© Reuters. FILE PHOTO: The Kremlin’s Spasskaya Tower and St. Basil’s Cathedral are seen through an art object in Zaryadye park in Moscow, Russia March 15, 2022. REUTERS/Evgenia Novozhenina/File Photo
(Reuters) – Russia can boost its economy by 7-8 trillion roubles ($85-97 billion) without stoking significant inflationary risks, a senior official said on Wednesday, as Moscow deals with supply curbs, a fall in oil production and manufacturing output slows.
Annual inflation in Russia has spiked to a seven-year high of 16.70%, while the rouble and external trade have dropped after Western countries imposed sanctions over the Ukraine conflict.
Russia hiked its key interest rate to try to curb volatility, introduced capital controls, banned foreign holders of Russian assets from selling investments and offered over 1 trillion roubles in social payments and support to businesses.
“We have certain macroeconomic limits under which we are working,” First Deputy Prime Minister Andrei Belousov said. “We have more or less understood the limits allowing us to work without increasing pressure on inflation.”
Some Russians rushed to snap up essential food items in the first days after Moscow launched what it calls its “special military operation” in Ukraine on Feb. 24.
By late March, demand for the most popular socially important goods started to stabilise, Belousov said.
Yet sugar and the so-called “borscht basket”, a Russian version of the Big Mac index which contains the most popular daily food items including potatoes, onions, carrot and beetroot, spiked by 50%-60% after the sanctions, Belousov told the upper house of parliament.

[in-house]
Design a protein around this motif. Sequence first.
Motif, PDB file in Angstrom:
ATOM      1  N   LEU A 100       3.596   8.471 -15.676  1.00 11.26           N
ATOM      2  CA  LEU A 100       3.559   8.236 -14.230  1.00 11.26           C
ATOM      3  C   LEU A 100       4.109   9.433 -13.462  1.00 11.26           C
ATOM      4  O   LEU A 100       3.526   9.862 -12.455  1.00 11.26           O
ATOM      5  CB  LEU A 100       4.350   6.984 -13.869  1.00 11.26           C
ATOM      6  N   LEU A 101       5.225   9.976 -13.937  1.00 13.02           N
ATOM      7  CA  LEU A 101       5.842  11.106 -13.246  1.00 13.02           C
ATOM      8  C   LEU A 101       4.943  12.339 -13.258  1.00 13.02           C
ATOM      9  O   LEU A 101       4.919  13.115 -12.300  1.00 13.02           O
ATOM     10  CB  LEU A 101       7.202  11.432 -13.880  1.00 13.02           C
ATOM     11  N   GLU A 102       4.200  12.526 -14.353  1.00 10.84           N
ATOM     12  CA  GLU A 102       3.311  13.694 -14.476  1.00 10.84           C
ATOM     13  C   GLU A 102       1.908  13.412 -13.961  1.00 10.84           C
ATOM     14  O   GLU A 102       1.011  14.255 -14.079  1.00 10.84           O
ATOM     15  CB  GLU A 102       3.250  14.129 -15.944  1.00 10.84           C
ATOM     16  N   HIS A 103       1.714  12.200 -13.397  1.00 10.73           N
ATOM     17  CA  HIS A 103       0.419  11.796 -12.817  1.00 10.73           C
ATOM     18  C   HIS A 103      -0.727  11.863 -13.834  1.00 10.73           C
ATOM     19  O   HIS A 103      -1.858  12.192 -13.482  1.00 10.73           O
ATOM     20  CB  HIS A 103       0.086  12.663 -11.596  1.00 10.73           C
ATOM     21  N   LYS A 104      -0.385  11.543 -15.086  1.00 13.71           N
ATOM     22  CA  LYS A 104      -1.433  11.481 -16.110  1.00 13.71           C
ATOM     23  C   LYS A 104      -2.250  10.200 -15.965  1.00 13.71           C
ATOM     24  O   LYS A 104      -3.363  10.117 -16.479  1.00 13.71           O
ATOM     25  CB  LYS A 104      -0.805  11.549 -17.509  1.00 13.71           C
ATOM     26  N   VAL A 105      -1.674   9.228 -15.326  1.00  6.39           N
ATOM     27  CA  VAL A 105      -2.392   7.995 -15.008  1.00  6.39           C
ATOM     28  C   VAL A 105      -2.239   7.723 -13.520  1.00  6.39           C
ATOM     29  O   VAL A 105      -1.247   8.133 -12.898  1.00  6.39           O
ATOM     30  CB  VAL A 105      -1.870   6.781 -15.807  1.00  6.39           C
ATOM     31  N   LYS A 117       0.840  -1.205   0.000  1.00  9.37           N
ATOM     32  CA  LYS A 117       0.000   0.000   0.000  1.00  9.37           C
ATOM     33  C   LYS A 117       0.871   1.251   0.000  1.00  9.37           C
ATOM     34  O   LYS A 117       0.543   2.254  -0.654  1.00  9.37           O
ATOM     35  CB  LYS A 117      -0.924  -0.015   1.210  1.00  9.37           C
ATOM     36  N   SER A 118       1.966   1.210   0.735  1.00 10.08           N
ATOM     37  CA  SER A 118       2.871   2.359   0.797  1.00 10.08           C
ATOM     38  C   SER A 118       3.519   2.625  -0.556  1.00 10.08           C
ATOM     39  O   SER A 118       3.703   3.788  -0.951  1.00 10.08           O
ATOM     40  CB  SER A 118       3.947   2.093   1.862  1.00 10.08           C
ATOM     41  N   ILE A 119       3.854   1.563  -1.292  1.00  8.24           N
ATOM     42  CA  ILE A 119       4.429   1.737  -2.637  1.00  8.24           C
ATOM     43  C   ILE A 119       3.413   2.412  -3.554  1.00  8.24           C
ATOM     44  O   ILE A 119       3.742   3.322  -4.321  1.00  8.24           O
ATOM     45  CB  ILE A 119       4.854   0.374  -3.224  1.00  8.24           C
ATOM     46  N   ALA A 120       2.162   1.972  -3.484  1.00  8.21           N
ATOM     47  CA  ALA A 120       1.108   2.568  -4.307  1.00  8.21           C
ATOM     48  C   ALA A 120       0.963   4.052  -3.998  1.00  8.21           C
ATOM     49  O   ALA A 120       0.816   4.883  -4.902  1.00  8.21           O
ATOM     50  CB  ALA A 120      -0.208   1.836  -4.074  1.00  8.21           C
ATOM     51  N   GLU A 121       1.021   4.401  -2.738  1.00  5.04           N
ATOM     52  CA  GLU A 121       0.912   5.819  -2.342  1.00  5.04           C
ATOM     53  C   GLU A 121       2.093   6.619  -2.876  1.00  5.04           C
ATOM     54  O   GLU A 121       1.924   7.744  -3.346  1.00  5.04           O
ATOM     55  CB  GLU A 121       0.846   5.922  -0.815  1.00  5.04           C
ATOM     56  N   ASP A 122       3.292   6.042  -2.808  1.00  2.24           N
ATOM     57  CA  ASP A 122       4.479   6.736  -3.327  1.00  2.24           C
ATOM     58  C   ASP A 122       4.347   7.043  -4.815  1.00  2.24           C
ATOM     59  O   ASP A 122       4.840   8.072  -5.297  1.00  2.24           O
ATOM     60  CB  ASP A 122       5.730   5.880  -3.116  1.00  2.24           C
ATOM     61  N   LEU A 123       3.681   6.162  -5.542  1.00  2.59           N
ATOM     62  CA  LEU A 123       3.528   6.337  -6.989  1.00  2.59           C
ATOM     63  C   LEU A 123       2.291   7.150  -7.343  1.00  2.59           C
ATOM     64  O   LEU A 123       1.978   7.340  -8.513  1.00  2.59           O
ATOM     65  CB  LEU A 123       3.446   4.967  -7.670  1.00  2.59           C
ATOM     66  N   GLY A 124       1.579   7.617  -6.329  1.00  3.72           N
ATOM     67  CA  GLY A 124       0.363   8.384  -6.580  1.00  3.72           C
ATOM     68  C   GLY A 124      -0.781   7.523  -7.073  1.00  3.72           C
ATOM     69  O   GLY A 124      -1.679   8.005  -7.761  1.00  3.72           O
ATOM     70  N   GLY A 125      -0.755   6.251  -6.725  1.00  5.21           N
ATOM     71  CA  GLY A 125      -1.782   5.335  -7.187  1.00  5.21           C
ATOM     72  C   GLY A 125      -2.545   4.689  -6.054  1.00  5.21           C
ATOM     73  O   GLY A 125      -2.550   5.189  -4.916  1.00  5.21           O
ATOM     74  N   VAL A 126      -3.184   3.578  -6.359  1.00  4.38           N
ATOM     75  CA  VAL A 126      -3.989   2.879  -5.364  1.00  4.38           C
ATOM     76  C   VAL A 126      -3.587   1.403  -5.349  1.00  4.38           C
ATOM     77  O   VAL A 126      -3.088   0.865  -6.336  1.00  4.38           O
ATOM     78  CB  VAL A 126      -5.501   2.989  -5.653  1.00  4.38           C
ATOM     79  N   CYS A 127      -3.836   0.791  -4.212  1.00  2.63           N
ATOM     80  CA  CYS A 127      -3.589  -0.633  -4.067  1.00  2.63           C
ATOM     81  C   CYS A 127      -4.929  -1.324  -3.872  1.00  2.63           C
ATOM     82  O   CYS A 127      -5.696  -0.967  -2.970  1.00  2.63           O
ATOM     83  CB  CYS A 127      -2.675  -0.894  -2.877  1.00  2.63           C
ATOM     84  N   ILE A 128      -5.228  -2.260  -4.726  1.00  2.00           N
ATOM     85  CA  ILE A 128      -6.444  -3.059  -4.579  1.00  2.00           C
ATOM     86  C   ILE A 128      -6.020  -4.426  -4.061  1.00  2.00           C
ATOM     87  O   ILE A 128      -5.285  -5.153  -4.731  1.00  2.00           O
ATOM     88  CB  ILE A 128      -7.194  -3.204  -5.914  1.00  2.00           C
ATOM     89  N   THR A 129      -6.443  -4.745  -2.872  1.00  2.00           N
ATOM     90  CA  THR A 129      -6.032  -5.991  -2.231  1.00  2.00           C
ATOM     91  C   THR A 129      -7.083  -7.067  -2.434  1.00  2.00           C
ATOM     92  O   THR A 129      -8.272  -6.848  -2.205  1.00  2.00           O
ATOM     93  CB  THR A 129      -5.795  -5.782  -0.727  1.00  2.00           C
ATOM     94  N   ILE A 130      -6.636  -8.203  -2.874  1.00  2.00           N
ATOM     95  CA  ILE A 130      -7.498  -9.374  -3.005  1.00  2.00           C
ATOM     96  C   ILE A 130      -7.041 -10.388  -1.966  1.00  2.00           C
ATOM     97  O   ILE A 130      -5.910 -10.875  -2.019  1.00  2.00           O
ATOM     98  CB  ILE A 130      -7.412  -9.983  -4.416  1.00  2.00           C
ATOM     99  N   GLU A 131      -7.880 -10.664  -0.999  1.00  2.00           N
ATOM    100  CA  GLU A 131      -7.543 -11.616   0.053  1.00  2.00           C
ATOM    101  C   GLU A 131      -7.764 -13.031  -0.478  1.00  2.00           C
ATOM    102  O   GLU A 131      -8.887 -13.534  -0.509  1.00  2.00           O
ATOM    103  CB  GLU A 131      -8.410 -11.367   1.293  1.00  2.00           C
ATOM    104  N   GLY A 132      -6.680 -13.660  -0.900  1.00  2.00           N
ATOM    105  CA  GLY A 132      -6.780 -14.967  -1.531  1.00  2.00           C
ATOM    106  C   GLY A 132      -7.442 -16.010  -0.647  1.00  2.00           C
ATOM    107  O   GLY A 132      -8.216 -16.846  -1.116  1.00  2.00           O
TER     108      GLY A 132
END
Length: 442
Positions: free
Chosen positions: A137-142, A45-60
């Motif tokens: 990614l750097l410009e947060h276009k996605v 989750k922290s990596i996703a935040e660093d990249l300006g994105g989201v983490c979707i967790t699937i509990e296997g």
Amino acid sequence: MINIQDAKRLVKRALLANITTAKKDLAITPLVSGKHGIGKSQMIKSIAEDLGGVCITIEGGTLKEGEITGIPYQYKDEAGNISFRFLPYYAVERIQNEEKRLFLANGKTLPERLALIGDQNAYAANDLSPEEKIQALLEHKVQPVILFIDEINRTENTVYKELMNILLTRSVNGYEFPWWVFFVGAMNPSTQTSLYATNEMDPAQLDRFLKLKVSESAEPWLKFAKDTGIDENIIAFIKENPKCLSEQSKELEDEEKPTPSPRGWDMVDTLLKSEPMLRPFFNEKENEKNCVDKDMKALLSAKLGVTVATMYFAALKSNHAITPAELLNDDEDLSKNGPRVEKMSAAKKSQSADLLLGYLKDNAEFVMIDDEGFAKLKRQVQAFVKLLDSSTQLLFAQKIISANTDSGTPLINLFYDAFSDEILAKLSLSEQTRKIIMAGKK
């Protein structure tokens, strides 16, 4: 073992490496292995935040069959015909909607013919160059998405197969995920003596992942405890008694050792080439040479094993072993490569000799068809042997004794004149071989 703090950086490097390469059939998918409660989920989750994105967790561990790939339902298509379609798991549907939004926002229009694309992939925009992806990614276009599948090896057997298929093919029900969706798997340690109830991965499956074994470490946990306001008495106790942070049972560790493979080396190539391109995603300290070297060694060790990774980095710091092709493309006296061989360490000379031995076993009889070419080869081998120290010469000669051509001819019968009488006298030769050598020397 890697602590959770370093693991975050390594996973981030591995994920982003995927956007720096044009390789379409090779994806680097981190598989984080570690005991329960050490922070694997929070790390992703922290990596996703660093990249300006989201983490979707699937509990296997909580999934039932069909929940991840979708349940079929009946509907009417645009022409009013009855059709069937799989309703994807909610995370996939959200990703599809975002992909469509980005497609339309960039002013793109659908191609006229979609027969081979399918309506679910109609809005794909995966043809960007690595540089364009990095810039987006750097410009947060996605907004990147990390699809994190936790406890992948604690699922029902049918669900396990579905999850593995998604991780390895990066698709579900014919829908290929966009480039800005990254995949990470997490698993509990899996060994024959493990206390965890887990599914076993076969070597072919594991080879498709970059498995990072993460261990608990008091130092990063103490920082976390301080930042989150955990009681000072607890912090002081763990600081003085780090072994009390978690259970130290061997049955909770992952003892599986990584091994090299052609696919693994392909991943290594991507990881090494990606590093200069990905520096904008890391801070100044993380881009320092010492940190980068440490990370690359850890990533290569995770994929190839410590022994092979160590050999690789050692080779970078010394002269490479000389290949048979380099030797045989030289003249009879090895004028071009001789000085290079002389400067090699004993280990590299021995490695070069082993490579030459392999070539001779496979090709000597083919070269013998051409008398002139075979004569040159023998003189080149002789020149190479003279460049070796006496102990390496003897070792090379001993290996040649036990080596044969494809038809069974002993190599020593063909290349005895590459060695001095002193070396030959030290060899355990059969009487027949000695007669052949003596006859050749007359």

Salt, flour and cereals increased in price by 10%-20%, with stocks now enough for five to six weeks, he said, compared with more than two weeks for sugar and 10-12 weeks for baby food and canned food.
WEEKLY INFLATION DOWN
Russian weekly inflation fell to 0.66% in the latest week, Belousov said, after growing by an average of 2% in the weeks after Moscow sent troops into Ukraine.
Inflation in Russia could reach 17%-20% this year and the economy may contract by more than 10%, its deepest since 1994, according to Alexei Kudrin, the head of Russia’s audit chamber and a former finance minister.
Output volumes had fallen by around 11% in the industry and trade sectors, with other sectors shrinking by 9-10%, Belousov said without elaborating. Sources told Reuters earlier that Russian oil output hit its lowest since mid-2020 this week.
The energy ministry had earlier suspended publication of monthly oil and gas output figures, while the central bank stopped disclosing foreign trade data, cutting investors off from the most essential data about the state of the Kremlin’s finances.
Russia plans to use all funds available this year for support measures, Prime Minister Mikhail Mishustin has said, warning that there will be no budget surplus.
Belousov said on Wednesday that budget spending has already increased by 20% in the first three months of 2022 from a year ago.
($1 = 82.6000 roubles)